Caregiving, be it as a family caregiver or professional home caregiver, has traditionally been considered a female role.  As recently as 2009, only about 34% of the 65 million family caregivers in the U.S. were male (according to a National Caregiving Alliance/AARP study). A 2012 Pew study indicates that number is up to more than 45%. A study from the Alzheimer’s Association reports that between 1996 and 2011, the percentage of men among adults caring for a family member with Alzheimer’s disease or dementia almost doubled, to 40% from 19%. These changes may be attributed to changing roles and viewpoints, greater equality and simple demand and demographics.  Some authors also cite changes in the economy and gender roles at work for impacts on these roles. There have been a number of articles about these demographic changes and there is even a new male-focused online caregiver portal.

Similarly in the professional realm, nursing was once considered a female occupation, but that has begun to change.  Home health aide jobs, companion work and at home caregiving remain female-dominated (in a 2007 CDC survey of home health aides, 95% were female and recent numbers from the Department of Labor indicate that the field is still about 90% women). However, more men are seeking home health careers and becoming certified nursing assistants, home health aides or companions.  With projected employment growth of 50% (from 2008-2018), the field will, by necessity and opportunity if nothing else, see a greater mix of workers.

Unfortunately, males still face some challenges and stereotypes when working as caregivers. One online discussion board revealed some men in the home health field complaining of the difficulty of getting steady work and a full schedule.  As one male home health aide noted, he gets asked back and complimented by clients when he goes out on a case, but very often clients request a female only when they first seek services.  Therefore, it can be tough for him to have enough work when cases turn over (as they often do in home health as clients die or move to higher levels of care). Stereotypes and preferences are much harder to deal with in a home care setting versus institutional work (i.e. a hospital or nursing home).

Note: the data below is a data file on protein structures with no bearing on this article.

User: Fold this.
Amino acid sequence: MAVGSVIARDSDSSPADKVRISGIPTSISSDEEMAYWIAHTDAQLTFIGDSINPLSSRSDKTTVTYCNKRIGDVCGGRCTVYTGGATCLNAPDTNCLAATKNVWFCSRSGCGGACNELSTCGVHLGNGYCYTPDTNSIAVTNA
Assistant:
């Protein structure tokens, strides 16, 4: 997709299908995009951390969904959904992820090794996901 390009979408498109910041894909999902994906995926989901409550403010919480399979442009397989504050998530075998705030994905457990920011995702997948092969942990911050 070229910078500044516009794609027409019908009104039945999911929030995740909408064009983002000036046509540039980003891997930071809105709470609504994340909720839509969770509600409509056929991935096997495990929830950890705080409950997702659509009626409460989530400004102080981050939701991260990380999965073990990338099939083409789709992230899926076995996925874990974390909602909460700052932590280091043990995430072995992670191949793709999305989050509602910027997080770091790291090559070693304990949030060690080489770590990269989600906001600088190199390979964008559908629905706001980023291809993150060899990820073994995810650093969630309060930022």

If you are seeking caregiving services, we suggest you stay open about your preferences such as gender. If you (or your loved one) has such a preference or concern, consider interviewing/meeting prospective caregivers.  We find, much like the gentleman in the forum above, that our male caregivers get very high rankings from clients in terms of quality. Consider your positive experiences with male doctors, nurses or care attendants in hospitals. These caregivers are trained professionals, attuned to helping you maintain your dignity and comfort. At EasyLiving, we suggest you meet the caregivers that we feel are the best match for your needs and then you can better determine how you feel about working with a specific individual.

Male caregivers may also bring a number of strengths to their role. A 2012 study conducted by Bowling Green University showed that men dealt with the stress inherent in caregiving better than women.  The study found that “men seem better at dealing with caregiver stress because they take a ‘block and tackle’ approach to tasks”.  The researcher also found that male caregivers tended to be more assertive in advocating for their loved ones with authority figures like doctors. However, when male caregivers struggled, they were more reluctant to seek help and support. Some male-focused support groups (and the online community we mentioned) have arisen to offer men an approach that may be more tailored to the ways they approach caregiving. Some group leaders and participants have noted that men tend to use humor as a coping mechanism.